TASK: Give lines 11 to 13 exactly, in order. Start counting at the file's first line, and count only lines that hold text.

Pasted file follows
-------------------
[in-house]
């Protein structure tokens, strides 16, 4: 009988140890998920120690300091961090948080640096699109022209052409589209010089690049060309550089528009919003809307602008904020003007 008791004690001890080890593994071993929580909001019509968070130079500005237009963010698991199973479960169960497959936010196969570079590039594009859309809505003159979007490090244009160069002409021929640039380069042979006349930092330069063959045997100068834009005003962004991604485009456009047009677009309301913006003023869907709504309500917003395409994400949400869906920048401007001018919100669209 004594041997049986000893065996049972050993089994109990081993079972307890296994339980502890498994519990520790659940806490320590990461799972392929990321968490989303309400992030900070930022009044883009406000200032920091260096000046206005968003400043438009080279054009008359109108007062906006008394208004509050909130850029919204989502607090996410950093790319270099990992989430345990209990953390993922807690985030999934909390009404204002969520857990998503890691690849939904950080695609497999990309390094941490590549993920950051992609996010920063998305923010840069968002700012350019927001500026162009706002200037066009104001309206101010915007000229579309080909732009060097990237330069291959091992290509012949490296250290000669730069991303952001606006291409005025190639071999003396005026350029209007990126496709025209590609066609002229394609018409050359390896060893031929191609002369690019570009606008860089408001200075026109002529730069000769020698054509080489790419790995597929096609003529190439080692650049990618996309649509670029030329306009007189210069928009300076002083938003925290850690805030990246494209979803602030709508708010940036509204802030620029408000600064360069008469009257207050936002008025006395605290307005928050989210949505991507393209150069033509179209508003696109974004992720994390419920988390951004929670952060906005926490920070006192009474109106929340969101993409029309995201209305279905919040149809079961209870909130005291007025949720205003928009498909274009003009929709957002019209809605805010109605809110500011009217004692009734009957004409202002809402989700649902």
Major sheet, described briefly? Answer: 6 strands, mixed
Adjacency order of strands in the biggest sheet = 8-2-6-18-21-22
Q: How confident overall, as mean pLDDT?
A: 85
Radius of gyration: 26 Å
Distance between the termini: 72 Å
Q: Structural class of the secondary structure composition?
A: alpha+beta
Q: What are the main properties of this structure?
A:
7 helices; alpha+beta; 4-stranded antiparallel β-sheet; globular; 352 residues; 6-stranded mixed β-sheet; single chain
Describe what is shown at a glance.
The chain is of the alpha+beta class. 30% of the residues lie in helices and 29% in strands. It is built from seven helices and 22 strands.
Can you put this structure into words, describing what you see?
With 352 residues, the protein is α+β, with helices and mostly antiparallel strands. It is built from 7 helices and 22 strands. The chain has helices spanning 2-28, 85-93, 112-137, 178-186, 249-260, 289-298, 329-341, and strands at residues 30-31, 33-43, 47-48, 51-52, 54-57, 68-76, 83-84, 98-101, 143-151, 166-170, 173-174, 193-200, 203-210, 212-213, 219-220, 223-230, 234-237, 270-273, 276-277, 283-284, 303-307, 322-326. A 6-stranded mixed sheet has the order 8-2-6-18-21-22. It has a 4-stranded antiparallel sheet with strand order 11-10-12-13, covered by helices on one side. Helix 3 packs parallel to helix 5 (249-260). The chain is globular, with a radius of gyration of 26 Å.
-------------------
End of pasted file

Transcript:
Q: What are the main properties of this structure?
A:
7 helices; alpha+beta; 4-stranded antiparallel β-sheet; globular; 352 residues; 6-stranded mixed β-sheet; single chain